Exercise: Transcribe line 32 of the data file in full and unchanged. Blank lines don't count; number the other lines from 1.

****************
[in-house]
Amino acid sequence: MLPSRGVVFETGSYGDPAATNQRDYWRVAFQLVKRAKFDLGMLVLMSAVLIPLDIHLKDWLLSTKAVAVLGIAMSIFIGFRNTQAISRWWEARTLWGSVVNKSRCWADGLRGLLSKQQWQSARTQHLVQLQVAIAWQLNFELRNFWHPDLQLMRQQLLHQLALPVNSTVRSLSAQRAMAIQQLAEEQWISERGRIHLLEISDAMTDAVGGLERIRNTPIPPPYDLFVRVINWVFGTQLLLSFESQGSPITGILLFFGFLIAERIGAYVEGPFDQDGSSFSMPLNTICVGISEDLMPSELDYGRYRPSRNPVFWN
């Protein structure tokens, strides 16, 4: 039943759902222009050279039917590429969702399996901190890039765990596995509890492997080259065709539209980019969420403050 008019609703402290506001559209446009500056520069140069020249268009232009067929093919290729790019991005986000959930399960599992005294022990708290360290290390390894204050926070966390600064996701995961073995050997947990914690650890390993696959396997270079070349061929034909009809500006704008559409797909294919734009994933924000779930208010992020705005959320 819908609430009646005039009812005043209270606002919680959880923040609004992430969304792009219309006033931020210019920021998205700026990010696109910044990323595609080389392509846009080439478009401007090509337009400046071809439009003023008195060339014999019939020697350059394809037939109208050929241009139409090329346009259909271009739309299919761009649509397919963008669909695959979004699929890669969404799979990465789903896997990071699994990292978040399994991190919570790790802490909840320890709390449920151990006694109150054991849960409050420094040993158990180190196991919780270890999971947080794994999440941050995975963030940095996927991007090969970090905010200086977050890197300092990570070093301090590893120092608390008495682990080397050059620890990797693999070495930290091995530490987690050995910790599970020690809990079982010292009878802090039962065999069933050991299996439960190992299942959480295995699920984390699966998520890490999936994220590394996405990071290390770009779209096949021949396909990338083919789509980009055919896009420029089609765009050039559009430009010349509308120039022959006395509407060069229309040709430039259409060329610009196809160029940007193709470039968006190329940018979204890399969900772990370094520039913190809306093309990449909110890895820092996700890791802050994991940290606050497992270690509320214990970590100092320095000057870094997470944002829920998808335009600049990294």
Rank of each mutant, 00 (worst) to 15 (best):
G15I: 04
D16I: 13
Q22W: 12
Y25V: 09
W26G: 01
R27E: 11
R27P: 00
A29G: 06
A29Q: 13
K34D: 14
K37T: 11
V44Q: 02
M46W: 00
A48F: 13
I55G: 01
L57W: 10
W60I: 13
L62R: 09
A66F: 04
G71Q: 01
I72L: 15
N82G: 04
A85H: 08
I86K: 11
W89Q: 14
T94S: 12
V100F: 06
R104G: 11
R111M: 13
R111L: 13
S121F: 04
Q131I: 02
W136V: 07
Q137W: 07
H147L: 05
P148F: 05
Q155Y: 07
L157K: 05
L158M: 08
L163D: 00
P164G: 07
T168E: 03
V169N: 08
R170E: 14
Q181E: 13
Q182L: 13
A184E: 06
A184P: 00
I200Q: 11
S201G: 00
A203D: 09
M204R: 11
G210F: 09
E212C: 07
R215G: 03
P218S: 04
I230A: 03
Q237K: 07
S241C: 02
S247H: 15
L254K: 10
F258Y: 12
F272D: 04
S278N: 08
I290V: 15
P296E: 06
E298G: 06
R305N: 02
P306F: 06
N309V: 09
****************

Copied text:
R104G: 11